POSTED: Wednesday, November 13, 2013 - 6:29pm
UPDATED: Thursday, November 14, 2013 - 10:23pm
CNN — Of course Tevi Troy has heard the hubbub.
He knows full well that his onetime boss, former President George W. Bush, plans to speak Thursday at a Dallas fundraiser for the Messianic Jewish Bible Institute – a group dedicated to converting Jews to Christianity.
“I have yet to meet a Jewish person who hasn’t heard about this,” says Troy, who served as a Bush administration liaison to the Jewish community and was a former deputy secretary at the U.S. Department of Health and Human Services.
The topic of conversion can prompt a visceral reaction for Jews whose darker times have been marred by persecution, expulsion and forced conversions. Millions have died for and because of their faith.
“There’s good historical reason for the Jewish discomfort,” Troy says.
But before Troy, an Orthodox Jew, will tread into this controversy, he wants to discuss the Jewish value of hakarat hatov, or “recognizing the good.”
He says people should remember and appreciate that Bush was “a very good president to the Jewish people.”
He was a friend to Israel during the Second Intifada, Troy says. He was an outspoken opponent of anti-Semitism. And in the wake of the murder of American journalist Daniel Pearl by al Qaeda in Pakistan in 2002, when Jews felt like targets, Troy says Bush took on terrorism.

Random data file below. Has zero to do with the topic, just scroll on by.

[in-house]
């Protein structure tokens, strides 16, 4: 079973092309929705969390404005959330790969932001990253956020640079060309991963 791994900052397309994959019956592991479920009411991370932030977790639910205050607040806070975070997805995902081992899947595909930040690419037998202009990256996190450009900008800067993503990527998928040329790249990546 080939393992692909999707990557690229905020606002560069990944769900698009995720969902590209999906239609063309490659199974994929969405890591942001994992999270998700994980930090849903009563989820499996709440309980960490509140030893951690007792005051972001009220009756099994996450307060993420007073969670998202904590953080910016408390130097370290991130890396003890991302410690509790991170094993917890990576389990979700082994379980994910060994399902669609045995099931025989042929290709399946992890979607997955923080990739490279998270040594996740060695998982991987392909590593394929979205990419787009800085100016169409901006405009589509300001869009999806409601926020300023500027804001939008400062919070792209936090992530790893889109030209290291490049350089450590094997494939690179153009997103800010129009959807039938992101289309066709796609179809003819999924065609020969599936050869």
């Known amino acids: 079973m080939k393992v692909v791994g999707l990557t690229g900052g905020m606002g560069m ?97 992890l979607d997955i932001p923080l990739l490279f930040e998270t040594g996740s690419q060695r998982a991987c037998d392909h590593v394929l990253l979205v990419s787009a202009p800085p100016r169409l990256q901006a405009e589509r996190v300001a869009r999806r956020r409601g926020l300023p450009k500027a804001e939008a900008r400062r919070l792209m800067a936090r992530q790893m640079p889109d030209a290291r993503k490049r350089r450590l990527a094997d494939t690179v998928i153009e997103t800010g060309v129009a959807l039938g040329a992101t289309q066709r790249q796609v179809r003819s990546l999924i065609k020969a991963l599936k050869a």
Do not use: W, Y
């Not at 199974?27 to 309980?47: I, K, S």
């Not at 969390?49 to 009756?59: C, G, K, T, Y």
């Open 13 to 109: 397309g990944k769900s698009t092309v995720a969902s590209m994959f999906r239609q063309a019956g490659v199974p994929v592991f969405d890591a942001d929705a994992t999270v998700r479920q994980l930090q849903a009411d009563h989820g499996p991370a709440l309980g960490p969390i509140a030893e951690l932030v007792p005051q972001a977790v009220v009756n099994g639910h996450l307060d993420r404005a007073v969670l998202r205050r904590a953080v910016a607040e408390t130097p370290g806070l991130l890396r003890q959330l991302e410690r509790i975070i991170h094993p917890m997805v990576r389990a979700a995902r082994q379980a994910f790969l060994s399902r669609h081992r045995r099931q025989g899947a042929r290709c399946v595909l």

That said, when it comes to Bush’s decision to speak at the annual banquet for this messianic group, one that believes Jews like this former aide need to be saved, Troy admits, “I would be lying if I said I wasn’t disappointed.”
CNN tried to speak with five other former Bush administration liaisons to the Jewish community, but only two of those responded. Both suggested Troy could speak for them, too.
His words, though, are tempered. Others, such as Rabbi David Wolpe, who was dubbed America’s most influential rabbi by Newsweek in 2012, called Bush’s decision “infuriating.”
The Messianic Jewish Bible Institute is representative of a longstanding effort to convert Jews, one that dates back to Paul in the New Testament who said, in Romans 1:16, that the Gospel should be taken “to the Jew first.”
The institute's website features a menorah in its logo. Its chairman is listed as Rabbi Jonathan Bernis, a man who heads up another organization called Jewish Voice Ministries International, where an “Ask the Rabbi” feature includes an image of him wearing a yarmulke and Jewish prayer shawl.
CNN reached out to Bernis at Jewish Voice Ministries but was told by a spokeswoman that he was not allowed to comment on the upcoming fundraiser.
Then CNN asked where he had been ordained as a rabbi, and the spokeswoman hung up the phone.
We also called the Messianic Jewish Bible Institute, which pulled down from its website any references to Bush’s upcoming appearance soon after Mother Jones broke the story. An institute spokeswoman said there would be no comment.
A source close to Bush, who didn't want to be named, confirmed to CNN on Wednesday afternoon that the former president still plans to speak at Thursday’s banquet, where tickets reportedly range in price from $100 to $100,000.
The source also said that Bush addresses all sorts of groups, secular and religious of varying stripes. Bush tells stories from the White House and speaks about his love for America, which includes a commitment to religious freedom and tolerance, according to the source.